Title created by ACMA staff based on transcription from physical asset and contents of recording.
Educator, author, and speaker Anna Julia Haywood Cooper (1858-1964) was born into slavery and educated at Saint Augustine's Normal School and Collegiate Institute in Raleigh, North Carolina. While teaching at St. Augustine's, she married George A. C. Cooper, who died two years later. After her husband's death, Cooper moved to Washington, D.C., attended Oberlin College, taught at Wilberforce College and M Street High School, and later went on to earn her Ph.D. from the University of Paris-Sorbonne. Cooper taught Greek, Latin, geometry, and science; and created a path for African Americans to attend Ivy League schools. Although she taught and served as principal (1902-1906) of the M Street High School (now Dunbar High School) in Washington, D.C., her role and influence extended beyond its boundaries. Cooper was an advocate of human rights who lectured on a broad range of topics that affected blacks and women, including race relations, poverty, and gender inequality; a feminist of her day. She was a contributor to the District of Columbia's Colored Settlement House; served as president of Frelinghuysen University, which offered affordable liberal arts and professional courses for working African Americans; and wrote A Voice from the South by a Black Woman of the South, the first book-length volume of black feminist analysis in the United States.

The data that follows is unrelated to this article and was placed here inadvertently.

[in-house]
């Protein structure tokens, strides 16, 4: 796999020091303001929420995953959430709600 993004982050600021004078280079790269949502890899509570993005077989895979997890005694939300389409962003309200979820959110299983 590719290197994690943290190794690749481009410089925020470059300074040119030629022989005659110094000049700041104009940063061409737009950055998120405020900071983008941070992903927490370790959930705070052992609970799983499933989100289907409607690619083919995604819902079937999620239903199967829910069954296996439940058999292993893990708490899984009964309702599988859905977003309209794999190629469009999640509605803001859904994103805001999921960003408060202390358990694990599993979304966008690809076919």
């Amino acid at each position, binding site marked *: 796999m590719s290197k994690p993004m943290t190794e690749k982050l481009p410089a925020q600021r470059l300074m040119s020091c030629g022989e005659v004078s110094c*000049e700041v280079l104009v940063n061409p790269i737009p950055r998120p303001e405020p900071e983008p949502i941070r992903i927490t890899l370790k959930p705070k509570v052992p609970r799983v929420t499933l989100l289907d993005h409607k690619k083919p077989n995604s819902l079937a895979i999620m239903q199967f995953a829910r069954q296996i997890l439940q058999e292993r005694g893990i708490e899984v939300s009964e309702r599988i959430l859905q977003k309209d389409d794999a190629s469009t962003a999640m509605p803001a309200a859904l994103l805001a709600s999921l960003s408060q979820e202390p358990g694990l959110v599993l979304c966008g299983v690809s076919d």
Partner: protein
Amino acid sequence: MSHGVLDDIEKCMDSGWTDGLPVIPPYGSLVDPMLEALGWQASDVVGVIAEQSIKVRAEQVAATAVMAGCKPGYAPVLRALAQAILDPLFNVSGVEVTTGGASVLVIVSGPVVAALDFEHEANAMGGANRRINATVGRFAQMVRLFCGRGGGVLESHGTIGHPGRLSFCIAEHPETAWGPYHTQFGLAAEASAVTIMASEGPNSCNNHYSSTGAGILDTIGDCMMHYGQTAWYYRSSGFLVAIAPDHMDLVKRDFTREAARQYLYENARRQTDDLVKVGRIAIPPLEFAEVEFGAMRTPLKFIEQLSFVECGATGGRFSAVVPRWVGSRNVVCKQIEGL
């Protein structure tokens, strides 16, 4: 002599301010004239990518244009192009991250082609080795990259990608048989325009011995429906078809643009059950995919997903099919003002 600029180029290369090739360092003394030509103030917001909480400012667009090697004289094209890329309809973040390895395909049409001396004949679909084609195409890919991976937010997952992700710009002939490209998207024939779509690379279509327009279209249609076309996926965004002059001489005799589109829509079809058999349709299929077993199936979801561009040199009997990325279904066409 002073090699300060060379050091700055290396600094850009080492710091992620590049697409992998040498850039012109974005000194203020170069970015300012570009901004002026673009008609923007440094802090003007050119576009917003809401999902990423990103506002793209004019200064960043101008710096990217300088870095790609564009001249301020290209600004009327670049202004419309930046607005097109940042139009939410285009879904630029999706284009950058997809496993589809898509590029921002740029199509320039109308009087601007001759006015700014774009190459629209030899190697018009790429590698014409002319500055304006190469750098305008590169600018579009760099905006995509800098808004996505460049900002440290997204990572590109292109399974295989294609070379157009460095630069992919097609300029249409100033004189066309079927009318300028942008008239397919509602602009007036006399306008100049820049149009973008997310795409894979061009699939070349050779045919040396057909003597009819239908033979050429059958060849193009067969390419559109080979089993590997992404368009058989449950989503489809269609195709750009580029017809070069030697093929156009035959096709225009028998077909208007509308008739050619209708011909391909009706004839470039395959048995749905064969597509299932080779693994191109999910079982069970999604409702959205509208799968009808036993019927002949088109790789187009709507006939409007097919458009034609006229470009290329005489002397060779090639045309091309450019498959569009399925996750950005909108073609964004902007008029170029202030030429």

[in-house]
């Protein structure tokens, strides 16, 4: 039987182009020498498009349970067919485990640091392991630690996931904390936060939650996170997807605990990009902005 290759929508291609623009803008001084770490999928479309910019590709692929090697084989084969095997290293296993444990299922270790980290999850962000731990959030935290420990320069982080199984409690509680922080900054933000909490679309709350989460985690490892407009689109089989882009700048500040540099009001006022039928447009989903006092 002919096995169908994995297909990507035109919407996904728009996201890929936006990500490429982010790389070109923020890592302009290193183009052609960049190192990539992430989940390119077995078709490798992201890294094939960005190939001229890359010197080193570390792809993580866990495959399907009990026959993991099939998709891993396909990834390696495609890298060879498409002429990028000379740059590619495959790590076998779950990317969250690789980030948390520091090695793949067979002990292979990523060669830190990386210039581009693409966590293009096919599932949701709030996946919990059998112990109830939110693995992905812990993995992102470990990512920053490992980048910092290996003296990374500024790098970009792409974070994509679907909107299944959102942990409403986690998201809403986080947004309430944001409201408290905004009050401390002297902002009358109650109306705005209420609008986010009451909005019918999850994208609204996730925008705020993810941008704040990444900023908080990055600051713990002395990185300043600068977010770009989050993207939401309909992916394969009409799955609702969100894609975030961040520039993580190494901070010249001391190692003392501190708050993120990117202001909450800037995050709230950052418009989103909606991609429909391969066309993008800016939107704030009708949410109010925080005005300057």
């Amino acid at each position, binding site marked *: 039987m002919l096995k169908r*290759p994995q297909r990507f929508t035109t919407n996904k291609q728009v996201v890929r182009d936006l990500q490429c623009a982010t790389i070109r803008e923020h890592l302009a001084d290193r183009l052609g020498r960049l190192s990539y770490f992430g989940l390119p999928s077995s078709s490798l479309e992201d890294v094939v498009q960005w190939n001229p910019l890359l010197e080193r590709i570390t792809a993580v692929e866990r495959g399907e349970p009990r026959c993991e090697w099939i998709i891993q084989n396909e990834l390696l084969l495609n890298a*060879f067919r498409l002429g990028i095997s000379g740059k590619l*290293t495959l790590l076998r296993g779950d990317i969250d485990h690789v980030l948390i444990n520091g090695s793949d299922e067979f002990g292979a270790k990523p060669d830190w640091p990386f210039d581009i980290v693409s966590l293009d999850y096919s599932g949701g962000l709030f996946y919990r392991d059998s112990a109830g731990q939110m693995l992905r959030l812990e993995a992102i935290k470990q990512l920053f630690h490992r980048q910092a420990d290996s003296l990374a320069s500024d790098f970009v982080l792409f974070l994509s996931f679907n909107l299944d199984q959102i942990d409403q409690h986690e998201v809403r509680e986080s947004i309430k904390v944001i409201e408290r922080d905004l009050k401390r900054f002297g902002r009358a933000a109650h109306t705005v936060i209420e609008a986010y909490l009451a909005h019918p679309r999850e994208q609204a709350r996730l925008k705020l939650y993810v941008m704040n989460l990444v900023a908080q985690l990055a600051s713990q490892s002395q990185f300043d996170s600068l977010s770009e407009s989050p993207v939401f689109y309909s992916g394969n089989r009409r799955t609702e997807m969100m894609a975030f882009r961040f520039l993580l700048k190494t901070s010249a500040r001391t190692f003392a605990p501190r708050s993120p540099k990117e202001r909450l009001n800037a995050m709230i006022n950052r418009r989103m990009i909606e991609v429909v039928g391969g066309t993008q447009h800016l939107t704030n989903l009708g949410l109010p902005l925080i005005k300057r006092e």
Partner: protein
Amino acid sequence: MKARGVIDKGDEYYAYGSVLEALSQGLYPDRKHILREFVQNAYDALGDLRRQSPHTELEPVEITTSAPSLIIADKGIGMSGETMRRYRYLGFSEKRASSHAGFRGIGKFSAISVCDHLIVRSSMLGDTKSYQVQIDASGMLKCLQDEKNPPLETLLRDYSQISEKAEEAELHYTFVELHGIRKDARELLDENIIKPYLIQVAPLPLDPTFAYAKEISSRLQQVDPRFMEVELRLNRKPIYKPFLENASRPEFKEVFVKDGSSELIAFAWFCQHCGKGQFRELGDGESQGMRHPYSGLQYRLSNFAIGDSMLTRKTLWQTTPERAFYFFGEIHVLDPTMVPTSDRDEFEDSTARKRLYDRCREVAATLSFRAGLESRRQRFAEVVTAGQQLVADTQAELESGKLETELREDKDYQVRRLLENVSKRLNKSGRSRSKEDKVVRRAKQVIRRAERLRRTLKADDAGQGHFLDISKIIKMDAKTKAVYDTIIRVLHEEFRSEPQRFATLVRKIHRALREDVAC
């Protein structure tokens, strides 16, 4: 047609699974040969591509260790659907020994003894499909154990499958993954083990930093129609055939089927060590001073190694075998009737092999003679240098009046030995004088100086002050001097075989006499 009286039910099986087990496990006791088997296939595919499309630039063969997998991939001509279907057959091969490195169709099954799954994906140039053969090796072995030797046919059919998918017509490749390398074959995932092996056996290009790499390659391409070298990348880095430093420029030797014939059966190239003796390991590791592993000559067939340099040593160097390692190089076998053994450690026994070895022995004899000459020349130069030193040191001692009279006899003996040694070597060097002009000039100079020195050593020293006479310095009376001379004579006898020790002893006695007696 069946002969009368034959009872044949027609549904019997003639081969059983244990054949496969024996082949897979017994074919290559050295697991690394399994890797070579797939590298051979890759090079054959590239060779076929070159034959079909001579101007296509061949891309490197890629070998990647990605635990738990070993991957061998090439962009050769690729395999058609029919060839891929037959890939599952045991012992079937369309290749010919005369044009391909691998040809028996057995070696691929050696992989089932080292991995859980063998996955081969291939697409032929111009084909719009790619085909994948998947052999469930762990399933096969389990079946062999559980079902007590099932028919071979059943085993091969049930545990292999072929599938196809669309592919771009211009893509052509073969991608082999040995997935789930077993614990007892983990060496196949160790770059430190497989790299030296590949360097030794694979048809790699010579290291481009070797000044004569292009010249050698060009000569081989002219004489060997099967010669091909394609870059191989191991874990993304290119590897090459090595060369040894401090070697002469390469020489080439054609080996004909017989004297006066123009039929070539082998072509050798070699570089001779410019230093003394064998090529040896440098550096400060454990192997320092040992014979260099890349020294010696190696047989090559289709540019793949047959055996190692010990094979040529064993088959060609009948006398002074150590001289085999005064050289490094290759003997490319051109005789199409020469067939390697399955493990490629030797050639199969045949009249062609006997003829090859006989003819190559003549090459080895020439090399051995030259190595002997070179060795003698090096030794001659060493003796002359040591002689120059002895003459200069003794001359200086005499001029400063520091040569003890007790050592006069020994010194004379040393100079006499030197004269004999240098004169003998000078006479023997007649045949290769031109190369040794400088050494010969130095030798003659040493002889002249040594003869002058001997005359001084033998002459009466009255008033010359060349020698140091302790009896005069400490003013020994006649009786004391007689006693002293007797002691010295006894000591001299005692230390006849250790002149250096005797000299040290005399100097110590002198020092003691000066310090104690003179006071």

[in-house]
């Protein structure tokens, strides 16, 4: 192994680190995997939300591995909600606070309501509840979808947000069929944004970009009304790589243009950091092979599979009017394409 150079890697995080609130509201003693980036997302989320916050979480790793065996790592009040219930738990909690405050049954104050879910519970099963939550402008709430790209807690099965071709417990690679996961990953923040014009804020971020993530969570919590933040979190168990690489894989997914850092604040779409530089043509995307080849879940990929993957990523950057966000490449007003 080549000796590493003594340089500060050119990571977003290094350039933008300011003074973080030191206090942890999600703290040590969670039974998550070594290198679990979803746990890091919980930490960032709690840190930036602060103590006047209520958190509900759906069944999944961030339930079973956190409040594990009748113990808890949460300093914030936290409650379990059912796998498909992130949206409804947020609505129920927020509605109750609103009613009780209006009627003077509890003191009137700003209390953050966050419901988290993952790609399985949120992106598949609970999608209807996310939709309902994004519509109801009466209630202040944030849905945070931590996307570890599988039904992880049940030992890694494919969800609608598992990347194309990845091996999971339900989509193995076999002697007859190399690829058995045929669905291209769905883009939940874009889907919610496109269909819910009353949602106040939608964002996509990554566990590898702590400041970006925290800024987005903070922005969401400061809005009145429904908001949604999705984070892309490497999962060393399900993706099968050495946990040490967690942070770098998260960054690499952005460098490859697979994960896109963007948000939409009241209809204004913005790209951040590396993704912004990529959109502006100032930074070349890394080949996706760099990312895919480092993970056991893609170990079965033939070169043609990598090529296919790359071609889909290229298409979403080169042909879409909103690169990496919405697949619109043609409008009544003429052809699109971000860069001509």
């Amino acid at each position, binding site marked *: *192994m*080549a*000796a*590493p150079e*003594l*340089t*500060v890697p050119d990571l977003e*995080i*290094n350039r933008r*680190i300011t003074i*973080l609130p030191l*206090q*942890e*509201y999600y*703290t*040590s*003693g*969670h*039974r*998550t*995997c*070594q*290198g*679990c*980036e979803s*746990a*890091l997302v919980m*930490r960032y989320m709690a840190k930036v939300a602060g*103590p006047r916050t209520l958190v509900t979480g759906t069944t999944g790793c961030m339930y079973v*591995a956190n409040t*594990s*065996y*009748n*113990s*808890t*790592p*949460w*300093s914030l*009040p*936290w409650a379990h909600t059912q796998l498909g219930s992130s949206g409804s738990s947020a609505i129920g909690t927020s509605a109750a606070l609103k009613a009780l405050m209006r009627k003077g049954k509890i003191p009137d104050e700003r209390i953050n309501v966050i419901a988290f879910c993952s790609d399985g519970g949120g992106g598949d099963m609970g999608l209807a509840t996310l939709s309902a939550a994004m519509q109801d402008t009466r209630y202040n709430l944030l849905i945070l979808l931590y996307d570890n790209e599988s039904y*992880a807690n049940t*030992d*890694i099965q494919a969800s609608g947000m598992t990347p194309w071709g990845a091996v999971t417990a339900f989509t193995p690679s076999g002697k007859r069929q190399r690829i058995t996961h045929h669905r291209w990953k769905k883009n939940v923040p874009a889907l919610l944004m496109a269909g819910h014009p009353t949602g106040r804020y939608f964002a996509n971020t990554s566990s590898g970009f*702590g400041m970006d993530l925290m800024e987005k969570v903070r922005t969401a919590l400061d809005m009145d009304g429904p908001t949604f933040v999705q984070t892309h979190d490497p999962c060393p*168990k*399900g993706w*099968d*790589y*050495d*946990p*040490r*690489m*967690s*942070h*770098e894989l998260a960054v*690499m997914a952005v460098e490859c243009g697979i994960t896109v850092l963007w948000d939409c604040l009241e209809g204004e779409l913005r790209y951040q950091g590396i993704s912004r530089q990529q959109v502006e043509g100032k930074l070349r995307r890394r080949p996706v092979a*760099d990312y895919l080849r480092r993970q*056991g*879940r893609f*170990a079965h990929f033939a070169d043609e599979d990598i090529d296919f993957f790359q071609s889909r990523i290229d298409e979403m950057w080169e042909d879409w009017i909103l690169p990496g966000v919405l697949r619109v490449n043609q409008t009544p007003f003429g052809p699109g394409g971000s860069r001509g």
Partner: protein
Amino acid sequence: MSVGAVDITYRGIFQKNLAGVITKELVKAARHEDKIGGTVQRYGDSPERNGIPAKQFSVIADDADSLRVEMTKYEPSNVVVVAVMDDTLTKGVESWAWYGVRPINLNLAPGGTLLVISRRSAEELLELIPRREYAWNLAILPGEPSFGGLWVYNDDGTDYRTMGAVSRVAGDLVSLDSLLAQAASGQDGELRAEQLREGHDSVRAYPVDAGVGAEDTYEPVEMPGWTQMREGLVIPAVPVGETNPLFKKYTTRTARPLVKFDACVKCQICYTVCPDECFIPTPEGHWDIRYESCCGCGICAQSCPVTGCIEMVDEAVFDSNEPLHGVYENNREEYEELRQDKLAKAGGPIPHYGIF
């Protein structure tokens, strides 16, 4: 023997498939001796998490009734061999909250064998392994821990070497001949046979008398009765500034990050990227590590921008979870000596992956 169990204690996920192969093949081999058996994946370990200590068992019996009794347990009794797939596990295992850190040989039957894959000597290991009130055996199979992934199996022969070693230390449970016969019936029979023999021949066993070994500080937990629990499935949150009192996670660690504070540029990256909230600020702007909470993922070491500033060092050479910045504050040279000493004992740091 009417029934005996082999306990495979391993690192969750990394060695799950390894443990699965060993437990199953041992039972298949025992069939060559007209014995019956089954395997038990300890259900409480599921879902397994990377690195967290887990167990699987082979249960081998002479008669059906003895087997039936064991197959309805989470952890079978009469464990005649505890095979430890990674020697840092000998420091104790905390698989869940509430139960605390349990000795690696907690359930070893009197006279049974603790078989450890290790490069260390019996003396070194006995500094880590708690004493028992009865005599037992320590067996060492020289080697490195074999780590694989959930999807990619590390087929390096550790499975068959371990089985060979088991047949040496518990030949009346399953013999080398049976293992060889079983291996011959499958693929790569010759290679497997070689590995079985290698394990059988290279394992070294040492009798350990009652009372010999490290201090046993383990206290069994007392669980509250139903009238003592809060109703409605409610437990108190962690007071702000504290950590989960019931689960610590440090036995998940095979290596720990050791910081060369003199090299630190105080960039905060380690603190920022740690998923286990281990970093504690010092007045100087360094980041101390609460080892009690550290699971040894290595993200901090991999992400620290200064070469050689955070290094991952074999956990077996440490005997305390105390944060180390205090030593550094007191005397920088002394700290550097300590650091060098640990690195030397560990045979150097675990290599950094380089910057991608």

Pinpoint, an educational theater group, presents a dramatic program about Anna Julia Cooper.
Dramatic performance. Part of ACM Museum Events, PR, and Ceremonies Recordings. Poor audio. Undated.
Pinpoint Production: Anna Julia Cooper, Record Group AV09-023, Anacostia Community Museum Archives, Smithsonian Institution